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Invited Lecture

Magnetoelectric Composites: from Sensors to Sensor Systems

Wednesday (07.06.2017)
21:40 - 22:20 Förde II + III
Part of:
12:20 Invited Lecture Similarities and differences between magnetic hysteresis and hysteresis in phase transformations 0 Richard James
13:00 Invited Lecture Discovery and Design of Multifunctional Materials using Combinatorial and High-Throughput Experimentation 1 Prof. Dr. Alfred Ludwig
15:10 Invited Lecture Tuning Mechanical Properties of Spider Cuticle by its Composition and by Structural Gradients 0 Dr. Yael Politi
15:50 Invited Lecture Surfaces and Gels for controlling Calcium Phosphate Deposition 0 Prof. Dr. Andreas Taubert
17:40 Invited Lecture Probing the Structure and Dynamic Behaviors of Ferroelectrics by Electron Microscopy with Atomic Resolution in Real Time 0 Prof. Xiaoqing Pan
18:20 Invited Lecture Magnetoelectric Composites for Energy Harvesting 1 Dr. Shashank Priya
19:40 Invited Lecture Declamping in Lead Magnesium Niobate – Lead Titanate Films 1 Prof. Susan Trolier-McKinstry
20:20 Invited Lecture Integrated Magnetics and Multiferroics for Compact and Power Efficient Sensing, Power, RF, Microwave and mm-Wave Electronics 0 Prof. Nian X. Sun
21:00 Invited Lecture From Maxwell’s displacement current to nanogenerator driven self-powered systems and blue energy 0 Prof. Zhong Lin Wang
21:40 Invited Lecture Magnetoelectric Composites: from Sensors to Sensor Systems 0 Prof. Dr.-Ing. Gerhard Schmidt
22:20 Invited Lecture Metal–insulator transition in vanadium oxides films and its applications 1 Dr. Keisuke Shibuya
00:20 Invited Lecture In operando photoemission spectroscopy of PMN-PT interfaces 0 Prof. Dr. Kai Rossnagel
08:30 Invited Lecture Titanium-Tantalum High Temperature Shape Memory Spring Actuators 1 Prof. Dr. Gunther Eggeler
09:10 Invited Lecture Vortex-antivortex topological structures in multiferroic tunnel junctions 1 Dr. Ana Sanchez
09:50 Invited Lecture Artificial Ferroic Systems 1 Prof. Laura Heyderman
17:40 Invited Lecture Biomimicry at the molecular level: Molecularly imprinted polymers as synthetic antibody mimics 0 Karsten Haupt
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measuring small magnetic fields as they appear in medical or biological

applications, both, very small and very large signal amplitudes are observed at

the same time. Small amplitudes stem, e.g., from human sources such as the

human heart (magnetocardiography) or brain (magnetoencephalography). Low

frequency signals (0.5 to 40 Hz) can be measured here with peak amplitudes of

about 100 pT (heart) or even less than 1 pT (brain). Superposed to these small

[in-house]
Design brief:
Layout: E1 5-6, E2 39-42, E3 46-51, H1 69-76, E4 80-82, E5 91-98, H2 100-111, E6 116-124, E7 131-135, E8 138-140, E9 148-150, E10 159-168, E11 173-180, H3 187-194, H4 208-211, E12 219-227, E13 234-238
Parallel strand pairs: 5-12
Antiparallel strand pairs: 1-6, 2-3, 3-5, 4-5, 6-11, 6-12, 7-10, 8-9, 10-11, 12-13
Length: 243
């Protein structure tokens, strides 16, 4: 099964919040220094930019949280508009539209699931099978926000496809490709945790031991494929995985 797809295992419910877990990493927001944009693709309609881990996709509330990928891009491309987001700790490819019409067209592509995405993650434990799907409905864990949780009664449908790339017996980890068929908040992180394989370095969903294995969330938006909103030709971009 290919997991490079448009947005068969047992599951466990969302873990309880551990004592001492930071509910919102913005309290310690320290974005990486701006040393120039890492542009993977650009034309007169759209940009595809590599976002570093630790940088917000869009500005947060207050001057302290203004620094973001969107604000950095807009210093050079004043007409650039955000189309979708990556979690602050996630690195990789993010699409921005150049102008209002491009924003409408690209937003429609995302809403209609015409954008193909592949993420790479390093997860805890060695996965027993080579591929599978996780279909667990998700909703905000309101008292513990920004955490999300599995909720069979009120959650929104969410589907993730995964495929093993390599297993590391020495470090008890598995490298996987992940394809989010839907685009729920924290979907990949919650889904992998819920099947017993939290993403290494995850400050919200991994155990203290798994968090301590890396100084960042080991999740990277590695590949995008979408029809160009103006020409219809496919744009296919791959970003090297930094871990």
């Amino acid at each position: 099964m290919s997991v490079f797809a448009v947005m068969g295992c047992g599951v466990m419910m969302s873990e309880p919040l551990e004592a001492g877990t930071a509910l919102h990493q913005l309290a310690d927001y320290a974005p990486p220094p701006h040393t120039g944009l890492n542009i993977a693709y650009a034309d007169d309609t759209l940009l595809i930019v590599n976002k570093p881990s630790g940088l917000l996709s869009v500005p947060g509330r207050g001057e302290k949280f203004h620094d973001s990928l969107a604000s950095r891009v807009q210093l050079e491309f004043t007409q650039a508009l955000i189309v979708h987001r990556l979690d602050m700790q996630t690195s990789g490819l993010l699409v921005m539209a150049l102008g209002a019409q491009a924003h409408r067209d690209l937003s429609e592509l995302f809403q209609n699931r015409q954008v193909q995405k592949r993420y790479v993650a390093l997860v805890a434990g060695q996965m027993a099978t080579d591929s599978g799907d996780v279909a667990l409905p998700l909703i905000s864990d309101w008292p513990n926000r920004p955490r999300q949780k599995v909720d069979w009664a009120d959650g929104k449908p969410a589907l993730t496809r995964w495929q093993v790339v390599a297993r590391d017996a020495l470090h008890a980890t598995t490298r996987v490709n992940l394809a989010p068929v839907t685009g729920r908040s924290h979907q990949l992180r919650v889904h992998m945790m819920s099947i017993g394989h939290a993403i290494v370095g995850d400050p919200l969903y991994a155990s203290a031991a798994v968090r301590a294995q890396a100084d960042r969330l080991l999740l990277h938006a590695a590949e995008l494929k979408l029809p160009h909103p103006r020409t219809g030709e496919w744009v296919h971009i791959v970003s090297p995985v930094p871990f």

signals are usually large signal components that stem either from artificial

sources, such as excitation signals utilized for modulation techniques, or from

natural sources such as the magnetic field of the earth. Creating digital

signals that can be used for detailed (medical) analyses is an interesting

challenge for both, material scientists and engineers.

Methods for improving the signal quality (mainly in terms of signal-to-noise

ratio) can be grouped into analog and digital approaches, indicating whether

they are performed prior or after the analog-to-digital (AD) conversion.

If sensors with a limited dynamical range are used in unshielded environments,

additional coils can be used for creating a so-called anti field that cancels

the magnetic field of the earth or other disturbing components. The driving

(analog) currents of such coils can be generated adaptively using (digital)

hardware. In the same manner, operation points can be stabilized. Furthermore,

voltage adders can be used to cancel typical power supply distortions (50 or 60

Hz) or excitation signals that are required for modulation-based sensor

read-out principles.

After the AD conversion so-called reference sensors can be used for recording

signals that show a strong correlation with the disturbing but not with the

desired signal component. Again, adaptive filtering techniques can be used to

enhance the signal quality. However, such approaches are only successful if the

analog amplifier followed by the AD converter are not saturated. Furthermore,

often magnetoelectic sensors can be read out in a multitude of modes. This allows

for adaptive combination of the individual signals, leading to improved

robustness and better signal-to-noise ratio. In addition, several sensors can

be combined and postprocessing such as digital noise suppression can be applied


As a consequence, more “ingredients” than just the sensor are required for an

entire sensor system. This leads to very interesting multidisciplinary research

approaches. From sensor to sensor systems: it’s a rocky road.